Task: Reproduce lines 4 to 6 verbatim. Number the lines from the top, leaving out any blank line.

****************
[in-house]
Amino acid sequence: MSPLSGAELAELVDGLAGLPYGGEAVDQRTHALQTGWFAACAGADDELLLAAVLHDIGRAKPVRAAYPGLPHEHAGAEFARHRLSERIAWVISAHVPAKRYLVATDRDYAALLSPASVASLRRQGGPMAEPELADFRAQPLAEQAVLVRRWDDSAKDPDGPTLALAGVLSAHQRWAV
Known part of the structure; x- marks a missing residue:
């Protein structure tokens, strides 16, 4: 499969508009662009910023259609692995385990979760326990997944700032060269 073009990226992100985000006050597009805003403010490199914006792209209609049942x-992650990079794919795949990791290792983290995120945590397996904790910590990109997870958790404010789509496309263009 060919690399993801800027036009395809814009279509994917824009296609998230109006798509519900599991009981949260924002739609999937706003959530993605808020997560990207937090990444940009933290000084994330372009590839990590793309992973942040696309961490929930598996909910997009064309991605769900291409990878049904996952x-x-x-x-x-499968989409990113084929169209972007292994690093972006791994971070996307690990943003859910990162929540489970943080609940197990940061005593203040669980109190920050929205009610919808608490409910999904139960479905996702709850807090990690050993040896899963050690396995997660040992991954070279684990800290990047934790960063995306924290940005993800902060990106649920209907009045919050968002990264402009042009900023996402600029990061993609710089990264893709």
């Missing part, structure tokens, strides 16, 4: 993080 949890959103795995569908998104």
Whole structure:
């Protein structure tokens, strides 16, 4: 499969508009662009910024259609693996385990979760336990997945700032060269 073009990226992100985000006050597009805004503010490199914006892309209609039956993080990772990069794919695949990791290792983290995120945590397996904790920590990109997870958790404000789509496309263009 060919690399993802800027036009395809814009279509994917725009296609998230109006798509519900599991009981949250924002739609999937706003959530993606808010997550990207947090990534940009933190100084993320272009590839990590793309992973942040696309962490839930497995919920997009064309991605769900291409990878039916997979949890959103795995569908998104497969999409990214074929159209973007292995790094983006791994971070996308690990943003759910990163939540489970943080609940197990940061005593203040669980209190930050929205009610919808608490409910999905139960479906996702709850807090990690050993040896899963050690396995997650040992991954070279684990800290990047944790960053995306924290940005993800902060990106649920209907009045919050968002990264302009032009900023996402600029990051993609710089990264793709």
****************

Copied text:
């Protein structure tokens, strides 16, 4: 499969508009662009910023259609692995385990979760326990997944700032060269 073009990226992100985000006050597009805003403010490199914006792209209609049942x-992650990079794919795949990791290792983290995120945590397996904790910590990109997870958790404010789509496309263009 060919690399993801800027036009395809814009279509994917824009296609998230109006798509519900599991009981949260924002739609999937706003959530993605808020997560990207937090990444940009933290000084994330372009590839990590793309992973942040696309961490929930598996909910997009064309991605769900291409990878049904996952x-x-x-x-x-499968989409990113084929169209972007292994690093972006791994971070996307690990943003859910990162929540489970943080609940197990940061005593203040669980109190920050929205009610919808608490409910999904139960479905996702709850807090990690050993040896899963050690396995997660040992991954070279684990800290990047934790960063995306924290940005993800902060990106649920209907009045919050968002990264402009042009900023996402600029990061993609710089990264893709």
């Missing part, structure tokens, strides 16, 4: 993080 949890959103795995569908998104």
Whole structure: